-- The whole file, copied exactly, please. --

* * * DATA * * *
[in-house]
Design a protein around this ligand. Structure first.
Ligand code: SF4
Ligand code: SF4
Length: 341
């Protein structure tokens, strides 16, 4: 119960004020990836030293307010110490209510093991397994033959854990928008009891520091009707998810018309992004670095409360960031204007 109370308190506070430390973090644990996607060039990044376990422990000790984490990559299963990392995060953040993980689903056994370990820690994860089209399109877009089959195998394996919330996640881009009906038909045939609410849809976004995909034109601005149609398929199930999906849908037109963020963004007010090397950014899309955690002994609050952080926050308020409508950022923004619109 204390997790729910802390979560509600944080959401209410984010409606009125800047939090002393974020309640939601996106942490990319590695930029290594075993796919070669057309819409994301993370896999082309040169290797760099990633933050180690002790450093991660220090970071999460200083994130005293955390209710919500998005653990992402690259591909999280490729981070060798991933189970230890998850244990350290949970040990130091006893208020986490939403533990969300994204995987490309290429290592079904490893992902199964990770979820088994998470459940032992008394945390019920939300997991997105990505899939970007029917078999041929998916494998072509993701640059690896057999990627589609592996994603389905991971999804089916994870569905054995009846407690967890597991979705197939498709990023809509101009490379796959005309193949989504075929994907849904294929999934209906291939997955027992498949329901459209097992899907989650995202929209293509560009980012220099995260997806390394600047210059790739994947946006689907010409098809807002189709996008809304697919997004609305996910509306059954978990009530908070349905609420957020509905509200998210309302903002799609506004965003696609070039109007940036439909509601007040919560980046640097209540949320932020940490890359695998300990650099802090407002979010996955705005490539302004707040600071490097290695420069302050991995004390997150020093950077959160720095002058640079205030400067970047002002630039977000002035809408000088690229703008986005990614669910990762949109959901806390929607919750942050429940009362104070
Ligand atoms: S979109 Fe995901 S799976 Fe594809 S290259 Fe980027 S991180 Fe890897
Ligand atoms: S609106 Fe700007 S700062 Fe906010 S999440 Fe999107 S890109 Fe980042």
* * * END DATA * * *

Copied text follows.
[in-house]
Design a protein around this ligand. Structure first.
Ligand code: SF4
Ligand code: SF4
Length: 341
């Protein structure tokens, strides 16, 4: 119960004020990836030293307010110490209510093991397994033959854990928008009891520091009707998810018309992004670095409360960031204007 109370308190506070430390973090644990996607060039990044376990422990000790984490990559299963990392995060953040993980689903056994370990820690994860089209399109877009089959195998394996919330996640881009009906038909045939609410849809976004995909034109601005149609398929199930999906849908037109963020963004007010090397950014899309955690002994609050952080926050308020409508950022923004619109 204390997790729910802390979560509600944080959401209410984010409606009125800047939090002393974020309640939601996106942490990319590695930029290594075993796919070669057309819409994301993370896999082309040169290797760099990633933050180690002790450093991660220090970071999460200083994130005293955390209710919500998005653990992402690259591909999280490729981070060798991933189970230890998850244990350290949970040990130091006893208020986490939403533990969300994204995987490309290429290592079904490893992902199964990770979820088994998470459940032992008394945390019920939300997991997105990505899939970007029917078999041929998916494998072509993701640059690896057999990627589609592996994603389905991971999804089916994870569905054995009846407690967890597991979705197939498709990023809509101009490379796959005309193949989504075929994907849904294929999934209906291939997955027992498949329901459209097992899907989650995202929209293509560009980012220099995260997806390394600047210059790739994947946006689907010409098809807002189709996008809304697919997004609305996910509306059954978990009530908070349905609420957020509905509200998210309302903002799609506004965003696609070039109007940036439909509601007040919560980046640097209540949320932020940490890359695998300990650099802090407002979010996955705005490539302004707040600071490097290695420069302050991995004390997150020093950077959160720095002058640079205030400067970047002002630039977000002035809408000088690229703008986005990614669910990762949109959901806390929607919750942050429940009362104070
Ligand atoms: S979109 Fe995901 S799976 Fe594809 S290259 Fe980027 S991180 Fe890897
Ligand atoms: S609106 Fe700007 S700062 Fe906010 S999440 Fe999107 S890109 Fe980042």